August, 2014 - Trail Report Archive
Notes and Changes since last report
- It was 81°F, partly cloudy and breezy at 2:00 PM on August 6, 2014.
- Meadow fritillaries were again out in numbers.
- Spicebush swallowtail's 2nd brood was coming out.
- An afternoon thunder storm only released a few drops, but then it was dark and cool enough to shut down butterfly activity in the Old Hayfields.
- A meadow fritillary again! I wondered why it was so interested in an old milkweed leaf. Oh, it was the mating pair below that had its attention.
- The first of two spicebush swallowtails today careened across the Little Bluestem Meadow. Their 2nd brood was coming out.
- Off the deck in the fen, lurked a single blossom of square-stemmed monkey flower. I couldn't find it last week.
- Way in the back of the Glen, spikenard was blooming.
- In the fen's outlet by the deck at the creek, green-headed coneflower was performing its slow motion bloom.
- By the pond, boneset was still thinking about it.
- Towards the back of the pond, sneezeweed was actively working on it.
- As I left the 'Glen, the sky had grown dark and rumblings were coming from the south. In my mind I scanned the route ahead for shelter...
- When the sky brightened after a mere sprinkle, I abandoned the watershed kiosk, continued the Wappinger Creek Trail into the Old Pasture, where sun was actually coming through the open canopy.
- At the other end, a watchful eastern comma shared its perch in the sun with a wasp.
- In the Sedge Meadow, the controversial purple loosestrife was blooming.
- I admired goldenrods in crescendo behind the wild bergamot in the back Old Hayfield, .
- Here in the open, skies to the north were fair, but to the south still threatening... and moving north.
- I really wanted to squirt east towards the parking lot, but suddenly remembered last week's rattlesnake plantain... in the opposite direction back on the Wappinger Creek Trail.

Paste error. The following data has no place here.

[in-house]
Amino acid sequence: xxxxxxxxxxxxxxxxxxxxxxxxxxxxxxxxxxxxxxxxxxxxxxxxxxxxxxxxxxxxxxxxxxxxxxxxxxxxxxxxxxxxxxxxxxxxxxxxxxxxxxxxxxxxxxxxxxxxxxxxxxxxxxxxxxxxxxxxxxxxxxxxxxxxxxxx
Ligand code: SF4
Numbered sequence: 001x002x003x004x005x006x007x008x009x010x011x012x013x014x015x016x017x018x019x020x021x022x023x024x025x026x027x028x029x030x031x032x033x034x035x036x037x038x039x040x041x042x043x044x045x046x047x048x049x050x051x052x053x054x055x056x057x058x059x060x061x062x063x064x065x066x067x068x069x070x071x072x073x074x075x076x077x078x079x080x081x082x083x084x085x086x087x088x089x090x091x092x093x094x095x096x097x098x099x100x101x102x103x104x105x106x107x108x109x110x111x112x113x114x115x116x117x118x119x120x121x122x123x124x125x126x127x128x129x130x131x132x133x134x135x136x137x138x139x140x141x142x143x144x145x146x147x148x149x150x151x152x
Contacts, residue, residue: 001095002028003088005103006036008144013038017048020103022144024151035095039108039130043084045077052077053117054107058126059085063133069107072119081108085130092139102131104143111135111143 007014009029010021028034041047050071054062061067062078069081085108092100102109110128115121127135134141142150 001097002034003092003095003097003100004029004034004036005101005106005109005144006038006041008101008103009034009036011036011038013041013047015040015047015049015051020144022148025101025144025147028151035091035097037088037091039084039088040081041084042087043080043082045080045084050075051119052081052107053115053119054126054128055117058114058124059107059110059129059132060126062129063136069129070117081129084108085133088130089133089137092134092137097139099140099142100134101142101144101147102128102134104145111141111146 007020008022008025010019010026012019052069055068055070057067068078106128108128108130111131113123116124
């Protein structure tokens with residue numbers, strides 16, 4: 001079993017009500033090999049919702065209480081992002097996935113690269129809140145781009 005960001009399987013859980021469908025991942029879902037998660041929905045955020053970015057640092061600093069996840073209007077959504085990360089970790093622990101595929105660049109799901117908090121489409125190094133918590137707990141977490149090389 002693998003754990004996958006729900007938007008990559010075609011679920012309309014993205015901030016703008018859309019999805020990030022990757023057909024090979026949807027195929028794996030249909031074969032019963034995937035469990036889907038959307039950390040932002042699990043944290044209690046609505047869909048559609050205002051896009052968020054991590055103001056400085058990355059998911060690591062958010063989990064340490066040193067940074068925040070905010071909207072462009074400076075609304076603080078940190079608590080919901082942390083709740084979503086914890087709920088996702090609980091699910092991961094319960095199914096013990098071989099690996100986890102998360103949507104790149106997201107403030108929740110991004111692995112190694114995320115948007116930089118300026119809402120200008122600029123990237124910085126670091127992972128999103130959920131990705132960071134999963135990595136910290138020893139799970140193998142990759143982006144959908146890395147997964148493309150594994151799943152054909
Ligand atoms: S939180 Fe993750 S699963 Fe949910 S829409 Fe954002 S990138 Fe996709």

- A handy shortcut got me there and back in short order with a photo of open blossoms.
- Noisy clouds were overhead again, the butterflies had disappeared, the only thing between me and my car was a very unconcerned field sparrow.
- It may have been a dumb young one or a wise old one. I wasn't going to press my luck and try to guess.
- 2 Mourning Dove
- 5 Chimney Swift
- 1 Belted Kingfisher
- 3 Downy Woodpecker
- 1 Northern Flicker
- 1 Eastern Wood-Pewee
- 1 Eastern Phoebe
- 1 Red-eyed Vireo
- 5 Blue Jay
- 1 Common Raven
- 13 Black-capped Chickadee
- 1 White-breasted Nuthatch
- 1 Brown Creeper
- 1 Blue-gray Gnatcatcher
- 1 Eastern Bluebird
- 1 Wood Thrush
- 6 American Robin
- 3 Gray Catbird
- 8 Cedar Waxwing
- 1 Common Yellowthroat
- 2 Eastern Towhee
- 3 Field Sparrow
- 2 Indigo Bunting
- 6 American Goldfinch
- 2 Spicebush Swallowtail
- 3 Cabbage White
- 1 Eastern Tailed-Blue
- 6 Great Spangled Fritillary
- 5 Meadow Fritillary
- 25 Pearl Crescent
- 1 Eastern Comma
- 1 Red-spotted Purple
- 16 Common Ringlet
- 10 Common Wood-Nymph
- 1 Silver-spotted Skipper
- 1 Peck's Skipper
- 3 Dun Skipper
- 1 Green-headed coneflower
- 1 Purple loosestrife
- 1 Sneezeweed
- 1 Spikenard
- 1 Square-stemmed monkey-flower
- 1 Wood nettle
- 4 Hummingbird Clearwing
- 1 Snowberry Clearwing